My name is Keith Giles. I love to write so that people can know Jesus and experience His life in their own.
So, I started this blog to help people understand who Jesus is, and how He reveals what the Father is really like.
This is a safe place to talk about all those questions you've had about the Bible, and Christianity. It's also a place to learn how to put the words of Jesus into practice.
Wednesday, October 14, 2015
BLESSED ARE THE EUNUCHS
When God established rules for who could – and who could not
– enter into or serve within the Tabernacle, and later the Temple of God, He
made a curious prohibition against those who were castrated, or who “had their
testicles crushed”. [See Lev. 21:20]
These people are more commonly referred to in the Scriptures
Later, through the prophet Isaiah, God made these eunuchs a
“Let not the eunuch say, “Behold, I am a dry tree.” For thus
says the Lord: “To the eunuchs who keep my Sabbaths, who choose the things that
please me and hold fast my covenant, I will give in my house and within my
walls a monument and a name better than sons and daughters; I will give them an
everlasting name that shall not be cut off.” [Isaiah 56:3-7]
This promise to give these people, who were formerly
outcast, a place of honor in God’s House was never fulfilled under the Old
So, was this promise left unfulfilled? Not at all.
When Jesus is responding to the Pharisees regarding divorce,
his disciples throw up their hands in exasperation after hearing Him say that a
man may not divorce his wife other than for the sin of adultery. They exclaim,
“Why even get married, then?” To which Jesus replies:
“Not all men can accept this statement, but only those to
whom it has been given. For there are eunuchs who were born that way from their
mother’s womb; and there are eunuchs who were made eunuchs by men; and there
are also eunuchs who made themselves eunuchs for the sake of the kingdom of
heaven. He who is able to accept this, let him accept it.” [Matthew 19:11-12]
Curiously, Jesus seems to make a statement that he realizes
will be difficult for His disciples to wrap their minds around. “Tuck this one
in your back pocket for now,” he seems to say. “This won’t make any sense to
you now, but later on this concept will become more clear.”
What is a eunuch? Is it simply someone who has no interest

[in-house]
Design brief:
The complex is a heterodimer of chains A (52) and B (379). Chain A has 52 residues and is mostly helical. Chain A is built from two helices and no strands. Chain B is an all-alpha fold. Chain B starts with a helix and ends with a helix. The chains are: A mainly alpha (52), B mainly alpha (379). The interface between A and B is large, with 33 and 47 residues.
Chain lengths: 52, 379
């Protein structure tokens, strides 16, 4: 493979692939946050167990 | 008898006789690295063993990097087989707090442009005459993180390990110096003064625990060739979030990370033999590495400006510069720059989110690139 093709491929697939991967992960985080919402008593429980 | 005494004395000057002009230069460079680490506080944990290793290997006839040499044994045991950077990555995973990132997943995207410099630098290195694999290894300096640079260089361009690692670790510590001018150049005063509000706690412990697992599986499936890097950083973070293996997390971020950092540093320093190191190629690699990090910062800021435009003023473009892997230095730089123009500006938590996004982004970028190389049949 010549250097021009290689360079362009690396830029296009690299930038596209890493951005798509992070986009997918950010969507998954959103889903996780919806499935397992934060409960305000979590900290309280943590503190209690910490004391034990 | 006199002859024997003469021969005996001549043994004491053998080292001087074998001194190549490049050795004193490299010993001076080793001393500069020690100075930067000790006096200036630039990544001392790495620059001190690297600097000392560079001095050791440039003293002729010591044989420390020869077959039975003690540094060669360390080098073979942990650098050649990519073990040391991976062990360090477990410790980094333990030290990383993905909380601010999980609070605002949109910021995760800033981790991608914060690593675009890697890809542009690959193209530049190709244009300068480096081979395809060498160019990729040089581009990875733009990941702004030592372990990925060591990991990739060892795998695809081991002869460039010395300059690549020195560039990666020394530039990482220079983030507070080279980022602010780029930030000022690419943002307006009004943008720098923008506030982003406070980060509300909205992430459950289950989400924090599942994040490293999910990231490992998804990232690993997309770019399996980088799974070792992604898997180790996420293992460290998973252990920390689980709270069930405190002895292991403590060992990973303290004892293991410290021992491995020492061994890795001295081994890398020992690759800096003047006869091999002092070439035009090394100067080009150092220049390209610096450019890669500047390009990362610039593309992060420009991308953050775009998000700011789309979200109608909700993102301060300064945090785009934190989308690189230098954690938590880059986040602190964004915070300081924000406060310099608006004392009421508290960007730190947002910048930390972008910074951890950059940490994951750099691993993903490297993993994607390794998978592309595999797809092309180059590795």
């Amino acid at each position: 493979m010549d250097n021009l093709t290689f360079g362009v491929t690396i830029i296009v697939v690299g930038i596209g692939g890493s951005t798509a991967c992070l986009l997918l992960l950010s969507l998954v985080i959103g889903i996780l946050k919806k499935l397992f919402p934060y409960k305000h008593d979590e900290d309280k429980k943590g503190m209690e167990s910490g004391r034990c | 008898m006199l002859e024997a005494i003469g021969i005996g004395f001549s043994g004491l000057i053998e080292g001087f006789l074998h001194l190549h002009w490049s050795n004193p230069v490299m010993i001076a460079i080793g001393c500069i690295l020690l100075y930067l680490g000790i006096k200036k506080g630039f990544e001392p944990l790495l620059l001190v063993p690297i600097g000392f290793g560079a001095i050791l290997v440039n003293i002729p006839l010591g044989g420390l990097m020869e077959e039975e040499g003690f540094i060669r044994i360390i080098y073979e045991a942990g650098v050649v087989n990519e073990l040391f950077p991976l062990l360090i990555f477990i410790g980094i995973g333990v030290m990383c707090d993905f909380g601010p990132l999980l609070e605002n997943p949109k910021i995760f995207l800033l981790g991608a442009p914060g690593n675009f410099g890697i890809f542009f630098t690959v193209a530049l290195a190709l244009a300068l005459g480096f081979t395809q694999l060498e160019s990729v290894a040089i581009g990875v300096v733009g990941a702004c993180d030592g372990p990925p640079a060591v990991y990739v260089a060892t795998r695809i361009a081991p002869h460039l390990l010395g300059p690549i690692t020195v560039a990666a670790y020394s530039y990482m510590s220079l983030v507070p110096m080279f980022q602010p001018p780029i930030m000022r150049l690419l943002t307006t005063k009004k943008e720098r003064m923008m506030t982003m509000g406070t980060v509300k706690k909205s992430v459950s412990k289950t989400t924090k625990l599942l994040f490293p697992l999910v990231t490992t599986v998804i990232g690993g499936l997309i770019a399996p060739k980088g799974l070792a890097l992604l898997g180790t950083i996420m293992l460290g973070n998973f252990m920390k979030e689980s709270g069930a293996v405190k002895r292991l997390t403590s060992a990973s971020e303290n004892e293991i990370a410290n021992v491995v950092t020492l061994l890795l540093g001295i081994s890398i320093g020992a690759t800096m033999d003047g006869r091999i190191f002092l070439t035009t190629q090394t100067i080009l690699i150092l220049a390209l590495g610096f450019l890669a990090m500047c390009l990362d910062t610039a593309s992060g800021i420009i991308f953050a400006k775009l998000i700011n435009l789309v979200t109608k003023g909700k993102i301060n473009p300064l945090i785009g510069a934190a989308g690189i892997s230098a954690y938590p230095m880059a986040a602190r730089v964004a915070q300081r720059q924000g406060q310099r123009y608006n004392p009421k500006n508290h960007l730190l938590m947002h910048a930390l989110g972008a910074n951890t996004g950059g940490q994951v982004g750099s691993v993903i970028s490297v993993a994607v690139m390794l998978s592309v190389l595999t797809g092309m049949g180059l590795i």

in the opposite sex? Or in marriage? Is it someone who has no functional
genitalia [as in Lev.21:20]? What is the difference between a eunuch who is
“born that way” and those who are “made eunuchs by men” and “those who made
themselves eunuchs for the Kingdom”?
Jesus bookends this statement with the warning: “Not all men
can accept this. He who is able to accept this, let him accept it.”
Whatever a eunuch might be, we see that the promise made by
Isaiah is still in effect. Jesus honors those who are eunuchs for the sake of
the Kingdom. In the context of his dialog with the Pharisees and the Disciples,
Jesus seems to place the emphasis on those eunuchs who choose not to marry –
not to participate in the normative practices of the culture – but who instead
devote themselves totally to the Gospel and the Kingdom of God.
Keep in mind that, in Jewish culture, a woman had no value
apart from child-birth. A man without male children was a disgrace and most
likely cursed by God. Even the “Chosen” status of the Children of Israel was
tied to giving birth to the Messiah. How could anyone choose to disengage from
that most natural and holy endeavors as being married and having children?
As we’ve already noted, that promise in Isaiah to eunuchs
being granted a “monument and a name better than sons and daughters” was never
fulfilled in the Old Covenant “House of God”, but it was certainly fulfilled in
the New Covenant “House of God”, which is the ekklesia, or Body of Christ.
Who was the first non-Jewish convert baptized into the new
Temple of God? A eunuch from Ethiopa. [See Acts 8:27]
When the evangelist Philip met this man he was reading from
Isaiah 53:7-8. Imagine this eunuch’s surprise after his baptism when he, no
doubt, continued on reading in the scroll and discovered the promise of God to
him - and to every other eunuch - a few chapters later in Isaiah 56:3-7.
Who else has made themselves a eunuch for the Kingdom of
Well, Jesus, for one. He abandoned his identity as a
potential husband or a father, in the natural sense, to embrace the title of
Bridegroom for a people who would become his Bride through faith in Him.
Paul was also a “eunuch for the Kingdom” who remained
celibate for the sake of the Gospel, and urged others to do the same: